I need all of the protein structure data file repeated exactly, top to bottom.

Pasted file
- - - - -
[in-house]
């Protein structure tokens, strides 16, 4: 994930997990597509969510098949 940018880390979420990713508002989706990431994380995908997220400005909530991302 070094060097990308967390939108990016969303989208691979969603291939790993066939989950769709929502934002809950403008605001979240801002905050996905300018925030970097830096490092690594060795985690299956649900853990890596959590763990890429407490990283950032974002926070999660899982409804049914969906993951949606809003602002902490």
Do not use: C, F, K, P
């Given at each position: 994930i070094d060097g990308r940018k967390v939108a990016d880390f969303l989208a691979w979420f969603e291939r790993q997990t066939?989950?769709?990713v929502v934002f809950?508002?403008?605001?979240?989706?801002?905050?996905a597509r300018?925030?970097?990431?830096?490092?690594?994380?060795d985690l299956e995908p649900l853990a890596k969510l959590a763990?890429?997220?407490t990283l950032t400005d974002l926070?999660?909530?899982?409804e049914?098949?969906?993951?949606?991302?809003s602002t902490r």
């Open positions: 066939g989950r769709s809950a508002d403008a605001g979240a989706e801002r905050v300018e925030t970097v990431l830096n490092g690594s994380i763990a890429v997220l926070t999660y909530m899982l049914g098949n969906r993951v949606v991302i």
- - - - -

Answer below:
[in-house]
């Protein structure tokens, strides 16, 4: 994930997990597509969510098949 940018880390979420990713508002989706990431994380995908997220400005909530991302 070094060097990308967390939108990016969303989208691979969603291939790993066939989950769709929502934002809950403008605001979240801002905050996905300018925030970097830096490092690594060795985690299956649900853990890596959590763990890429407490990283950032974002926070999660899982409804049914969906993951949606809003602002902490």
Do not use: C, F, K, P
């Given at each position: 994930i070094d060097g990308r940018k967390v939108a990016d880390f969303l989208a691979w979420f969603e291939r790993q997990t066939?989950?769709?990713v929502v934002f809950?508002?403008?605001?979240?989706?801002?905050?996905a597509r300018?925030?970097?990431?830096?490092?690594?994380?060795d985690l299956e995908p649900l853990a890596k969510l959590a763990?890429?997220?407490t990283l950032t400005d974002l926070?999660?909530?899982?409804e049914?098949?969906?993951?949606?991302?809003s602002t902490r």
């Open positions: 066939g989950r769709s809950a508002d403008a605001g979240a989706e801002r905050v300018e925030t970097v990431l830096n490092g690594s994380i763990a890429v997220l926070t999660y909530m899982l049914g098949n969906r993951v949606v991302i």